Psychology Chapter 11
myers 10th edition
Terms in this set (24)
a need or desire that energizes and directs behavior
a complex behavior that is rigidly patterned throughout a species and is unlearned
the idea that a physiological need creates an aroused tension state (a drive) that motivates an organism to satisfy the need
a tendency to maintain a balanced or constant internal state; the regulation of any aspect of body chemistry, such as blood glucose, around a particular level
a positive or negative environmental stimulus that motivates behavior
hierarchy of needs
Maslow's pyramid of human needs, beginning at the base with physiological needs that must first be satisfied before higher-level safety needs and then psychological needs become active
the form of sugar that circulates in the blood and provides the major source of energy for body tissues. When its level is low, we feel hunger.
The point at which an individual's "weight thermostat" is supposedly set. When the body falls below this weight, an increase in hunger and a lowered metabolic rate may act to restore the lost weight.
basal metabolic rate
the body's resting rate of energy expenditure
sexual response cycle
the four stages of sexual responding described by Matsters and Johnson-excitement, plateau, orgasm, and resolution.
a resting period after orgasm, during which a man cannot achieve another orgasm
a problem that consistently impairs sexual arousal or functioning
sex hormones, such as estradiol, secreted in greater amounts by females that by males. In nonhuman female mammals, estrogen levels peak during ovulation, promotion sexual receptivity.
the most important of the male sex hormones. Both males and females have it, but the additional testosterone in males stimulates the growth of the male sex organs in the fetus and the development of the male sex characteristics during puberty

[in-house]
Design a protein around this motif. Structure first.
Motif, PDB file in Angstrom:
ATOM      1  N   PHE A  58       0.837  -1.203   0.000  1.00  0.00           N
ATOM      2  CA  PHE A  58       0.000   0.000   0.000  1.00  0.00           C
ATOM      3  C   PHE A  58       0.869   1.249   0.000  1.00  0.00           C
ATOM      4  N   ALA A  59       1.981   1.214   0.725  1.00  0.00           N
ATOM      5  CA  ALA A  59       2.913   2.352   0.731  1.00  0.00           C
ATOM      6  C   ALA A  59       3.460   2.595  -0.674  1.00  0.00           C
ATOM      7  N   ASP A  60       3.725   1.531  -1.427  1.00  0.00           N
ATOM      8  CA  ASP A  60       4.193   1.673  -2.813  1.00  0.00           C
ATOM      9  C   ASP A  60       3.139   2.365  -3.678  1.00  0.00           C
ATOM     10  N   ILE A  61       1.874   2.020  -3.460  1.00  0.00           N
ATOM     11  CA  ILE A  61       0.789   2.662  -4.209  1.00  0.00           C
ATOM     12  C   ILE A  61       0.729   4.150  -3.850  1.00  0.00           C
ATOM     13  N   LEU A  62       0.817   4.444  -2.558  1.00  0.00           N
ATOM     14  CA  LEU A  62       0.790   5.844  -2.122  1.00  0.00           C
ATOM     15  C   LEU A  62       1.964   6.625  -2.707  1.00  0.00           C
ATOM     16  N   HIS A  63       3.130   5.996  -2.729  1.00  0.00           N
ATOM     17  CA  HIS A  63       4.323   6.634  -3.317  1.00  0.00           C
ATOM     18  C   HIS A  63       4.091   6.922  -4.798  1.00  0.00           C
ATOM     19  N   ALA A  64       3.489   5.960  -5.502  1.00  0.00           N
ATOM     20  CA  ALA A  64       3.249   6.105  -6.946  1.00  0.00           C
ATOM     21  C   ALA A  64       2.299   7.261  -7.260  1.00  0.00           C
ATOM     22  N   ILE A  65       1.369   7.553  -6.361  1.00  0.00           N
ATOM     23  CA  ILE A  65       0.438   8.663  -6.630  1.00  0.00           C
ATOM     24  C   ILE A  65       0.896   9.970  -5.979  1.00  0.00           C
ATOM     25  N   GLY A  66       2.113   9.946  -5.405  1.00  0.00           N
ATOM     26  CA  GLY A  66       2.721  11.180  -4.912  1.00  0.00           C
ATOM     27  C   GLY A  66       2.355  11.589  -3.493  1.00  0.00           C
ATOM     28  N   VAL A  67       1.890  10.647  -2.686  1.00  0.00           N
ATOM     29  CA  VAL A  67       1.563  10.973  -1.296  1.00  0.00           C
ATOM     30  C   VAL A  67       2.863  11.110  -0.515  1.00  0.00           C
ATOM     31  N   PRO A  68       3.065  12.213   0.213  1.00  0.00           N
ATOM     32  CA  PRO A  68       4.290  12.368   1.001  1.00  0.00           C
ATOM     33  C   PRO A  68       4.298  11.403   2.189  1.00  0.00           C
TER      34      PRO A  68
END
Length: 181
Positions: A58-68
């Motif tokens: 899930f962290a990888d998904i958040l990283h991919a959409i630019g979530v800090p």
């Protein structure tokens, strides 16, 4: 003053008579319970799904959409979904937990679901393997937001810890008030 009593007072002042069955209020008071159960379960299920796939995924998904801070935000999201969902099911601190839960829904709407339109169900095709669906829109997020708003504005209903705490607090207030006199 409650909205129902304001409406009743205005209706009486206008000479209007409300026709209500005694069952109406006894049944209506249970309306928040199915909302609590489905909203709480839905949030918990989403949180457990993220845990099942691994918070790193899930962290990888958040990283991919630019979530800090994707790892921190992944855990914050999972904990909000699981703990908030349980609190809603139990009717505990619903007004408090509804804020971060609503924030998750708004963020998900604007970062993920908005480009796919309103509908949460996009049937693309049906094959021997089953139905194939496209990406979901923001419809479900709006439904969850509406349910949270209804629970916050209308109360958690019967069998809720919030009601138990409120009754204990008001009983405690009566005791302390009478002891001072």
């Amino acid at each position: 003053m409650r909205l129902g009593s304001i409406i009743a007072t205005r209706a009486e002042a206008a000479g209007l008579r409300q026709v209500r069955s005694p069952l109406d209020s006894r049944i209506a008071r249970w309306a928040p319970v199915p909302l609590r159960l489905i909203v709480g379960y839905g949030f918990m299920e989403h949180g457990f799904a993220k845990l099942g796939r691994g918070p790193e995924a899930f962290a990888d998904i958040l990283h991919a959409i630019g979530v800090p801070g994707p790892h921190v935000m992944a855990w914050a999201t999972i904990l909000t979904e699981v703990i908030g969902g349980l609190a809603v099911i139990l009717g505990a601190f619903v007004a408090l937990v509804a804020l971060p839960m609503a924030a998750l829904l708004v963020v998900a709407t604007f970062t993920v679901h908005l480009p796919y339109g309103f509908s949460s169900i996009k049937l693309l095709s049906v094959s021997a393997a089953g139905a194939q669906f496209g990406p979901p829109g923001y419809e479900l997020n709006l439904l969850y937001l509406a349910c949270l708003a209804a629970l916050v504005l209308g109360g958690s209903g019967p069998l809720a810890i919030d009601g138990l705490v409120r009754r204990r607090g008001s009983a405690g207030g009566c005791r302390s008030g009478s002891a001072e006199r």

An enduring sexual attraction toward members of either one's own sex (homosexual orientation) or the other sex (heterosexual orientation)
industrial-organizational (I/O) psychology
the application of psychological concepts and methods to optimizing human behavior in workplaces
a subfield of I/O psychology that focuses on employee recruitment, selection, placement, training, appraisal, and development
a subfield of I/O psychology that examines organizational influences on worker satisfaction and productivity and facilitates organizational change
human factors psychology
a branch of psychology that explores how people and machines interact and how machines and physical environments can be made safe and easy to use
interview process that asks the same job-relevant questions of all applicants, each of whom is rated on established scales
a desire for significant accomplishment: for mastery of things, people, or ideas; for attaining a high standard
Goal-oriented leadership that sets standards, organizes work, and focuses attention on goals
group-oriented leadership that builds teamwork, mediates conflict, and offers support
a completely involved, focused state of consciousness, with diminished awareness of self and time, resulting from optimal engagement of one's skills